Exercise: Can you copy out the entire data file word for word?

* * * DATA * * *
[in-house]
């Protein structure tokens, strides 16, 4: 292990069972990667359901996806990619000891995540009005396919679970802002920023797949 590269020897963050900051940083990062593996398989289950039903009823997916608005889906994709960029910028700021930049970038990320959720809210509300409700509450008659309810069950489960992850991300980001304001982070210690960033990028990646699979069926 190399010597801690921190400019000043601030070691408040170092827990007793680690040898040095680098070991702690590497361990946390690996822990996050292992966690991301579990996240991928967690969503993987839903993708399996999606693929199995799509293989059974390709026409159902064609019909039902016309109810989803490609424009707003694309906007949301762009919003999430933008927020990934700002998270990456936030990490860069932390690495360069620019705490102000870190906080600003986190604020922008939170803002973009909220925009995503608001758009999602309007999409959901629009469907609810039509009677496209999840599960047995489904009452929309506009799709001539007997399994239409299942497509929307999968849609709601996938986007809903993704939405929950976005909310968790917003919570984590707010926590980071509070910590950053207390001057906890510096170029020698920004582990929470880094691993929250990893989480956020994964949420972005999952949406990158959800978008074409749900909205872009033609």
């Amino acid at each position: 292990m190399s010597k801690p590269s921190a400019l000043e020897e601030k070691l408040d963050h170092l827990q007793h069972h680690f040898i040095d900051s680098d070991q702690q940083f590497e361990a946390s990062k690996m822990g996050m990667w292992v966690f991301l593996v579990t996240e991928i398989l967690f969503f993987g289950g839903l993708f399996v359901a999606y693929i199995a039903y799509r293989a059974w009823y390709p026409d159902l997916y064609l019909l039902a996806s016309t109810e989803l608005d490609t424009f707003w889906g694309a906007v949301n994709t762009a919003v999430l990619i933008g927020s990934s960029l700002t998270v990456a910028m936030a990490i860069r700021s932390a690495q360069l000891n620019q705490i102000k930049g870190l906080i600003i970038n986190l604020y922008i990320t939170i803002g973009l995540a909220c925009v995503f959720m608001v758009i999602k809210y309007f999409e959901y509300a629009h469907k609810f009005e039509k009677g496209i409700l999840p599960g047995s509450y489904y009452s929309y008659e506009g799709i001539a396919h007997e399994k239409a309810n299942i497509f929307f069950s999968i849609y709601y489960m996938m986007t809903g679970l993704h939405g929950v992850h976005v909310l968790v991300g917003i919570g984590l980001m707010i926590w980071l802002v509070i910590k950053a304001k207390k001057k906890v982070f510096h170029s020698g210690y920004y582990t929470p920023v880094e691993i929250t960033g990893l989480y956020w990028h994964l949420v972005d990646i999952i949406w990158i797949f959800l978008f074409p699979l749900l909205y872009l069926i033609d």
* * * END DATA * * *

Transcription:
[in-house]
């Protein structure tokens, strides 16, 4: 292990069972990667359901996806990619000891995540009005396919679970802002920023797949 590269020897963050900051940083990062593996398989289950039903009823997916608005889906994709960029910028700021930049970038990320959720809210509300409700509450008659309810069950489960992850991300980001304001982070210690960033990028990646699979069926 190399010597801690921190400019000043601030070691408040170092827990007793680690040898040095680098070991702690590497361990946390690996822990996050292992966690991301579990996240991928967690969503993987839903993708399996999606693929199995799509293989059974390709026409159902064609019909039902016309109810989803490609424009707003694309906007949301762009919003999430933008927020990934700002998270990456936030990490860069932390690495360069620019705490102000870190906080600003986190604020922008939170803002973009909220925009995503608001758009999602309007999409959901629009469907609810039509009677496209999840599960047995489904009452929309506009799709001539007997399994239409299942497509929307999968849609709601996938986007809903993704939405929950976005909310968790917003919570984590707010926590980071509070910590950053207390001057906890510096170029020698920004582990929470880094691993929250990893989480956020994964949420972005999952949406990158959800978008074409749900909205872009033609």
């Amino acid at each position: 292990m190399s010597k801690p590269s921190a400019l000043e020897e601030k070691l408040d963050h170092l827990q007793h069972h680690f040898i040095d900051s680098d070991q702690q940083f590497e361990a946390s990062k690996m822990g996050m990667w292992v966690f991301l593996v579990t996240e991928i398989l967690f969503f993987g289950g839903l993708f399996v359901a999606y693929i199995a039903y799509r293989a059974w009823y390709p026409d159902l997916y064609l019909l039902a996806s016309t109810e989803l608005d490609t424009f707003w889906g694309a906007v949301n994709t762009a919003v999430l990619i933008g927020s990934s960029l700002t998270v990456a910028m936030a990490i860069r700021s932390a690495q360069l000891n620019q705490i102000k930049g870190l906080i600003i970038n986190l604020y922008i990320t939170i803002g973009l995540a909220c925009v995503f959720m608001v758009i999602k809210y309007f999409e959901y509300a629009h469907k609810f009005e039509k009677g496209i409700l999840p599960g047995s509450y489904y009452s929309y008659e506009g799709i001539a396919h007997e399994k239409a309810n299942i497509f929307f069950s999968i849609y709601y489960m996938m986007t809903g679970l993704h939405g929950v992850h976005v909310l968790v991300g917003i919570g984590l980001m707010i926590w980071l802002v509070i910590k950053a304001k207390k001057k906890v982070f510096h170029s020698g210690y920004y582990t929470p920023v880094e691993i929250t960033g990893l989480y956020w990028h994964l949420v972005d990646i999952i949406w990158i797949f959800l978008f074409p699979l749900l909205y872009l069926i033609d």